Fatal drug overdoses outnumbered homicides and traffic deaths in Saint Joseph County last year, and law enforcement is linking that to a spike in opiate use, like heroin.
St. Joseph County Statistics:
County data reveals 59 overdose deaths in 2015. Of which, 47 were opiate overdoses and 27 were specifically heroin-related.The numbers beat traffic accidents, which killed 33 people last year, and homicides, which claimed the lives of 24 people.
Investigators say this is the first time they’re seeing a persistent increase in the opiate’s use in Saint Joe County, and it’s not isolated to one demographic.
The danger comes when heroine dealers lace the drug with other toxic ingredients, making any “fix” potentially a user’s last.
“Heroin is like playing Russian Roulette,” explained St. Joseph County Coroner Randy Magdalinski. “It can be the first time you use it, or the 100th time you use it. You don’t know which time is going to kill you, but it will.”
Magdalinski says heroin’s danger comes from, not just its addictive quality, but what dealers cut into the drug.
“If they’re cutting with Fentanyl and the addict is taking their ‘normal’ dose of heroin, they don’t realize the Fentanyl is mixed with it and that’s a deadly combination,” according to Magdalinski, Fentanyl is 50-times as potent as heroin.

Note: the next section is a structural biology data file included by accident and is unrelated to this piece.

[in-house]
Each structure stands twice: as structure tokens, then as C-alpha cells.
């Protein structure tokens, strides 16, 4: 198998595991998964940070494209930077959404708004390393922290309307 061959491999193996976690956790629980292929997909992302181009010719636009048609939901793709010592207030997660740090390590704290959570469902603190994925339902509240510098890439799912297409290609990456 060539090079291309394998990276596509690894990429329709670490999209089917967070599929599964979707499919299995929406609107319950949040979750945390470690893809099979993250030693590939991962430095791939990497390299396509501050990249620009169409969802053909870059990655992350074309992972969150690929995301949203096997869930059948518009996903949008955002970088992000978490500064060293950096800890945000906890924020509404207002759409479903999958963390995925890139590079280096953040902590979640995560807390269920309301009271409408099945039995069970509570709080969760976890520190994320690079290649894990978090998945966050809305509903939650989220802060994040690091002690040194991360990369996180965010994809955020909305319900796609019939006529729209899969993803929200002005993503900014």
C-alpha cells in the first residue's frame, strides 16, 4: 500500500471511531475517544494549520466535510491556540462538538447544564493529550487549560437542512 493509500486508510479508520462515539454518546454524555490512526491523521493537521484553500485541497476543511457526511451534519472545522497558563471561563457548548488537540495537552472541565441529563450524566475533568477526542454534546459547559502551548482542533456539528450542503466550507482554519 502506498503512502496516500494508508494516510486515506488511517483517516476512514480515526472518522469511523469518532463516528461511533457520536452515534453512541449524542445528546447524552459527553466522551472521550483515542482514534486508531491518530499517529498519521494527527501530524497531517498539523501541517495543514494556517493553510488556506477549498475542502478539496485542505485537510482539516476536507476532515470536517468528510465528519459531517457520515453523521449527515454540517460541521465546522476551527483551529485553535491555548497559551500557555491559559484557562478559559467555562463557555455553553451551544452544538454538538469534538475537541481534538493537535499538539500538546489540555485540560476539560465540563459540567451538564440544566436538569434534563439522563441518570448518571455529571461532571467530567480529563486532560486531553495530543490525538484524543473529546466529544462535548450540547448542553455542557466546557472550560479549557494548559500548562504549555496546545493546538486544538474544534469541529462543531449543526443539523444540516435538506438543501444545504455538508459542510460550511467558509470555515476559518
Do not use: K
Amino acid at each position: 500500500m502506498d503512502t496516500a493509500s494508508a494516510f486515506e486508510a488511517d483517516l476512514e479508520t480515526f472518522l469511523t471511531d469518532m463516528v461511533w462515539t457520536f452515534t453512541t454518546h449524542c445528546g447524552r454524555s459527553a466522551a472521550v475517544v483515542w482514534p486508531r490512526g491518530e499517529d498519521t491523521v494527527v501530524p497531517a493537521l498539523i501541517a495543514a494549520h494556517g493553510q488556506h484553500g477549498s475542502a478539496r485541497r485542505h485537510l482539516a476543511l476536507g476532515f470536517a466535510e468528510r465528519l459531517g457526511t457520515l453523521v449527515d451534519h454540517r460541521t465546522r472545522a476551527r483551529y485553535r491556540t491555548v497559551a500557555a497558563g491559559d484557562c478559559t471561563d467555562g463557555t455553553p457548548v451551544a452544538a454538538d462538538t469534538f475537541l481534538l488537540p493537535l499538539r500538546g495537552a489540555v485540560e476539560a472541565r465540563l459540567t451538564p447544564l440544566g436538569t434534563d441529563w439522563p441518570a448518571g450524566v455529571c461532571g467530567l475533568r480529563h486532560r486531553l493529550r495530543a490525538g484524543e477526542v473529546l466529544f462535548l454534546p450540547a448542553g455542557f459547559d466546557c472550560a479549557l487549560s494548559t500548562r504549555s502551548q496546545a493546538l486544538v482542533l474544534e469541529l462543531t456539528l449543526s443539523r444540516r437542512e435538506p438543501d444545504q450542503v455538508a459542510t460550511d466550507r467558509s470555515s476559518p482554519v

Oftentimes the addiction starts with abuse of prescription drugs. When the prescription and the pills run out, law enforcement says heroin has become a cheap and deadly substitute.
“Heroin, so far, kind of slipped through the cracks in our community and never had a concerted effort to go after the dealers who are selling this stuff, because a heroin dealer is a killer,” Magdalinski said the record number of heroin deaths can only truly be reduced by active law enforcement and elimination of the source.
On January 11, 2016, Commander Dave Wells started as the head of St. Joseph County’s Drug Investigations Unit (DIU).
“The primary function of this unit is going to be dealing with the heroin epidemic,” while opiates are taking center stage, Wells wants everyone to know they’re not going to ignore other major drug contributors like cocaine and marijuana, “it can’t be tolerated so that’s the message we’re trying to get out.”
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